3. Is it multipurpose? The most sustainable options are ones you can use for various things, or multiple occasions. In parallel to point one, the more you will wear it, the better.

There is a lot of greenwashing within the fashion industry right now. What should consumers look out for when deciding which brands to buy from?

Firstly, it’s almost impossible to avoid. I see greenwashing almost daily. My advice would be to look past the fluff. Look for descriptions of what they are doing in the space, and question umbrella words such as ‘eco-conscious’. If they are saying that they are eco-conscious, what does that mean? What environmental actions have they taken and are they looking to take in the future? We really need policy around these terms, but until then, we, as individuals, need to remain sceptical and do our own research. In this space I have the motto of ‘guilty until proven innocent’, which sounds very morbid, but it’s a method that works for me. It helps me dig deeper before I make a purchase decision.

 The other thing to remember is fast fashion can never be sustainable - no matter what they tell you. Because producing on that scale cannot be sustained when nature's resources are finite. Think about the energy needed to sew their billions of items each year, the millions of items that end up in landfills or shipped off to developing countries. The social, cultural and ethical impacts of their operations can’t be tangibly measured but if you need convincing please watch the documentary ‘The True Cost’. It's a life changer that shows us how the amount and pace of human consumption is the problem, more than anything else. And fast-fashion is aiding that problem.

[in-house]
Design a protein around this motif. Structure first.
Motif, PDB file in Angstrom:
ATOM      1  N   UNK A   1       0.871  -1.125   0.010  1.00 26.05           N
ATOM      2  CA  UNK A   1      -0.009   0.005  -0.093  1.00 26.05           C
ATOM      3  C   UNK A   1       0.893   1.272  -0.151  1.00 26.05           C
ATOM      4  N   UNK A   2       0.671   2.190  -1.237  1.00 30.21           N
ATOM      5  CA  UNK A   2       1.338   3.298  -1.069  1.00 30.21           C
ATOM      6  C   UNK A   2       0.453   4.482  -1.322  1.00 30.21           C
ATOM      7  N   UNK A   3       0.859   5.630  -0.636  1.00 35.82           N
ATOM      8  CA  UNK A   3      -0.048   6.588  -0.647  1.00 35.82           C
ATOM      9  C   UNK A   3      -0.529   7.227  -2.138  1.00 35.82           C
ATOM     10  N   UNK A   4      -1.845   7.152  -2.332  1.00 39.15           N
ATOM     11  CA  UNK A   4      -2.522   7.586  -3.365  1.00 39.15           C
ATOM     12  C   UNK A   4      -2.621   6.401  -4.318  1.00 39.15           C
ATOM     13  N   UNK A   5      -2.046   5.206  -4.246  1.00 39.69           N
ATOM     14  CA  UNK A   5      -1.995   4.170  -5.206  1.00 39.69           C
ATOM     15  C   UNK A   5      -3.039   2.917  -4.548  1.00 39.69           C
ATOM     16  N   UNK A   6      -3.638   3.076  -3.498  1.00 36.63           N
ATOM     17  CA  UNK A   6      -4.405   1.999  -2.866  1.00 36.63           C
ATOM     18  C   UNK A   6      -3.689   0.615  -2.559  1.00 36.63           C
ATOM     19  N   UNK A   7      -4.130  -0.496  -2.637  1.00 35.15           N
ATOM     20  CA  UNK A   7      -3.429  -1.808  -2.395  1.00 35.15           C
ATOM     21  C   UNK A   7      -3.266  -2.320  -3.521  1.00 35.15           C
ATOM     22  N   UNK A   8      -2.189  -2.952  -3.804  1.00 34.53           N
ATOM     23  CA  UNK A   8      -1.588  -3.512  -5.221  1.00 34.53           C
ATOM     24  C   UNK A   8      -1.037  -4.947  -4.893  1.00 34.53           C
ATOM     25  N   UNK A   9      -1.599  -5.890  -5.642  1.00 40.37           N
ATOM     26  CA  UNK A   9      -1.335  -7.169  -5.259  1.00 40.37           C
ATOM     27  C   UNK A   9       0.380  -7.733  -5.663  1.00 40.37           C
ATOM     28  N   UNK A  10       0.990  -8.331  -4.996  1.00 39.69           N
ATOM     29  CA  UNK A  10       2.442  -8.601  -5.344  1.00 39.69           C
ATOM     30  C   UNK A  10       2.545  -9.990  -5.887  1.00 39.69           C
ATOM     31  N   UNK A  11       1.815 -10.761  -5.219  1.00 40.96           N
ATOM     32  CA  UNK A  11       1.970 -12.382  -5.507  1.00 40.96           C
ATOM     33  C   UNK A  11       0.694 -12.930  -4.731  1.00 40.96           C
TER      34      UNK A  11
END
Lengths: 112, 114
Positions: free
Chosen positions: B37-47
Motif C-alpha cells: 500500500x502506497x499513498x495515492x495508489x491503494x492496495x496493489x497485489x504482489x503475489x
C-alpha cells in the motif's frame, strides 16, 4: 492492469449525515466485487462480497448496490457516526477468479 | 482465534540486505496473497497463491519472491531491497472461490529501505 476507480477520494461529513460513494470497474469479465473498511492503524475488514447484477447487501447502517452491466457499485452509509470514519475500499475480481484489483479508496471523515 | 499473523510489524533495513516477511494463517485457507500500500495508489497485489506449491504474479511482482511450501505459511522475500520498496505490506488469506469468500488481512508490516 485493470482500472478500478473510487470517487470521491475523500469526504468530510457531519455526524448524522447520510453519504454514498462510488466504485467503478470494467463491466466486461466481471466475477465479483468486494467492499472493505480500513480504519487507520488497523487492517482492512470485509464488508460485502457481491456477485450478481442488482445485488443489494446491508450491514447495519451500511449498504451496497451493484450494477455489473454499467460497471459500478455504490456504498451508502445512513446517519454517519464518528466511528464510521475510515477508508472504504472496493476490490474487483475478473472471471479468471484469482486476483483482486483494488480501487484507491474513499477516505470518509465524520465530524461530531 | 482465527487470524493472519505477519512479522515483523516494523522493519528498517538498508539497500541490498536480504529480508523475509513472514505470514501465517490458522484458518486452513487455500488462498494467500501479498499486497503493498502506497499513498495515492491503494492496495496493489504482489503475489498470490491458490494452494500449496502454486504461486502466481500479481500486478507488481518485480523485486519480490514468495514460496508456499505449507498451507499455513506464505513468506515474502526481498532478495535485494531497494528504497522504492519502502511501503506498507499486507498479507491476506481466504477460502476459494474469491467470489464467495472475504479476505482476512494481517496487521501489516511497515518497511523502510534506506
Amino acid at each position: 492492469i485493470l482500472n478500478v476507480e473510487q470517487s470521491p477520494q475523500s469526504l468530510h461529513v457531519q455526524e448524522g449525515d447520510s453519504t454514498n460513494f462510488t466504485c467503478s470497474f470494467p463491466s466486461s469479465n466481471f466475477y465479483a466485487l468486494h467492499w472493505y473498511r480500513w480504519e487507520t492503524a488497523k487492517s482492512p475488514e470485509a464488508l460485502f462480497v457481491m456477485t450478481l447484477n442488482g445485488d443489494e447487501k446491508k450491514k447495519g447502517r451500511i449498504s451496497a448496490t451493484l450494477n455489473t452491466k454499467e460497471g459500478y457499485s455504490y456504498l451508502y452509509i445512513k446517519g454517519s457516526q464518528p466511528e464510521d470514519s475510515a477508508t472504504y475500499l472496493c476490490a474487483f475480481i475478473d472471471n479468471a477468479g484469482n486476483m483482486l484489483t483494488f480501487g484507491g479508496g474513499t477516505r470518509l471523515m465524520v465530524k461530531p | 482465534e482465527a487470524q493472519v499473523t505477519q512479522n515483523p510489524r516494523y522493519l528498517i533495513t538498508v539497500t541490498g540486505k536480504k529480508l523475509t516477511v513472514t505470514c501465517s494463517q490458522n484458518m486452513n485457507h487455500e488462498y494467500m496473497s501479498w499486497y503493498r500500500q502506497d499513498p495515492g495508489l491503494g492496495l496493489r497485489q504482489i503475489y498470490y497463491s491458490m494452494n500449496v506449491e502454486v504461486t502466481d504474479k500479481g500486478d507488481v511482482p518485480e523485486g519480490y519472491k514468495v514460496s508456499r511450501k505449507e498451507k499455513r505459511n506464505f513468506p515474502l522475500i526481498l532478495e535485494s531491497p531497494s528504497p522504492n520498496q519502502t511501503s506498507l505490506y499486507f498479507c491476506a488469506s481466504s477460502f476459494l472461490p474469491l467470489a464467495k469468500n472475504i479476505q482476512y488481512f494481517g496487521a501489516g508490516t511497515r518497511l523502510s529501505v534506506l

What do you consider when adding a new piece to your wardrobe?

I firstly like to question myself and my own intentions. None of us like to be swarmed with clothes at home we don’t wear, so I take my purchasing decisions quite seriously. The problem with how I used to shop was thinking of fashion items as disposable, like food for example. I try to think of my clothing purchases as long term investments now, non-consumables. When I started thinking this way, the misconception that sustainable clothes are more expensive dissipated. Quality products should cost more. And now my wardrobe is full of quality items I love that don’t give me any guilt. I also make sure that the item I am considering purchasing is going to fill a gap. For example, I wanted (not really needed, but know I will wear them every day) bike shorts, and the organic knitted rib Marle ones are perfect- I am wearing them right now actually!

What are your personal favourite fibres to wear and what are the main benefits?
I’m loving hemp, organic cotton knitwear and recycled wool right now. Hemp requires limited natural resources, grows very quickly and is just so amazing on the skin. The organic cotton ribbed knitwear in Marle’s spring collection is so soft and luxurious, it’s definitely my new favourite.
Recycled natural fibres such as wool and cotton are great also. They are still quite expensive, limited in variation and hard to source right now though. Hopefully these will gain momentum so they can become available for brands on any scale because the more people using them the better!
Overall, using natural fibres that will break down organically at their end of life is important, and I champion these over petroleum based products such as polyester. Poly accounts for more than half of clothing production globally at the moment, we really need that to change.
What is your hope for the future of the fashion industry?
Fashion is important. It has power. It can make us feel amazing in a meeting, on a date, or comfort us when we are stuck at home for 100+ days in a row. My hope is that as the new technologies and options gain traction, the old and unsustainable ways of producing become extinct. The future of fashion is bright. I will always remain optimistic. We have to.
Texture or colour?
Summer or winter?
Most treasured accessory?
Currently a locket I found in storage that was gifted to me from my bestie when I was 16.
Currently reading…
The Ringing Cedars. Vladimir Merge.
Currently listening to…
Lous and the Yakuza.


Celeste wears the Hillary Shirt, Luna Singlet, Rico Short, Oma Hat and William Dress. Photographed by Anne Peeters